"The idea that passing a rule—the typical government reaction—can stop fraud, eliminate mismanagement and prevent external circumstances from decimating a credit union's market environment is wrong."

Analysis of the RBNW Rule Part 3

By Jim Vilker, NCCO, CU*Answers VP Professional Services, AuditLink

"As guidelines, the NCUA would have greater flexibility to take in consideration the field of membership of the credit union and its charter, and would help identify areas of potential risk without forcing a credit union to institute changes both potentially drastic and unwarranted in the institution’s balance sheet."

"The NCUA has to reach by arguing that the agency meets the regulation by creating a separate “well capitalized” tier, when the plain language of Section 216 refers only to “adequately capitalized credit unions.” The NCUA’s support is that the agency “could reasonably impose different degrees of protection” when the statute itself says no such thing."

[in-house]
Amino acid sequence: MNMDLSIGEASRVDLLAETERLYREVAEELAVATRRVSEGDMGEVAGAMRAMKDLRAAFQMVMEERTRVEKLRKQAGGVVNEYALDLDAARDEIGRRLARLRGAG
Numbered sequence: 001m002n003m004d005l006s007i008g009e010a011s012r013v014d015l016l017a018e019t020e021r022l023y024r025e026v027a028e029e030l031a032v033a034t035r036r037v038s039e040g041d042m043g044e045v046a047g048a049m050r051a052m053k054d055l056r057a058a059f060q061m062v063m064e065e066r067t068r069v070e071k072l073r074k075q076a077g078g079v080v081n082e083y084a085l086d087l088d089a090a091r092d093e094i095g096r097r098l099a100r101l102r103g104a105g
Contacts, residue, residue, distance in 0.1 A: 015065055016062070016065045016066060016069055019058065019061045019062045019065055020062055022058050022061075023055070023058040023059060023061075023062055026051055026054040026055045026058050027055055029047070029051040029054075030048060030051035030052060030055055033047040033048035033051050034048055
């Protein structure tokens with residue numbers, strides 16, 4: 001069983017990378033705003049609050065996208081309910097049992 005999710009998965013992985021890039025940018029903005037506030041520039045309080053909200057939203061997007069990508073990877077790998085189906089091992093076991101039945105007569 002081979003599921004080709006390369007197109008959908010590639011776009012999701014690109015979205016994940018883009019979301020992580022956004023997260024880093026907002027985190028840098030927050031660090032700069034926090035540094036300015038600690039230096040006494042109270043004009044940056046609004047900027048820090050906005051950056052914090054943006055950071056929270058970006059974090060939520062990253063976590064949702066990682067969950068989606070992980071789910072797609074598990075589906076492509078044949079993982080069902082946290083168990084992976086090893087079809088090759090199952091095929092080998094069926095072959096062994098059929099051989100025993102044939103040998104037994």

To say that NCUA’s revised RBC rule is a ‘problem looking for a solution’ is too kind, since it presumes that if there were an actual problem, RBC II would be a reasonable solution,” said Doug Fecher, President/CEO of Wright-Patt Credit Union in Beaver Creek, Ohio. “I prefer to say it this way … ‘NCUA’s revised RBC rule is a solution that won’t work for a problem that doesn’t exist.’

Doug Fecher, Wright-Patt Credit Union Beavertown, Ohio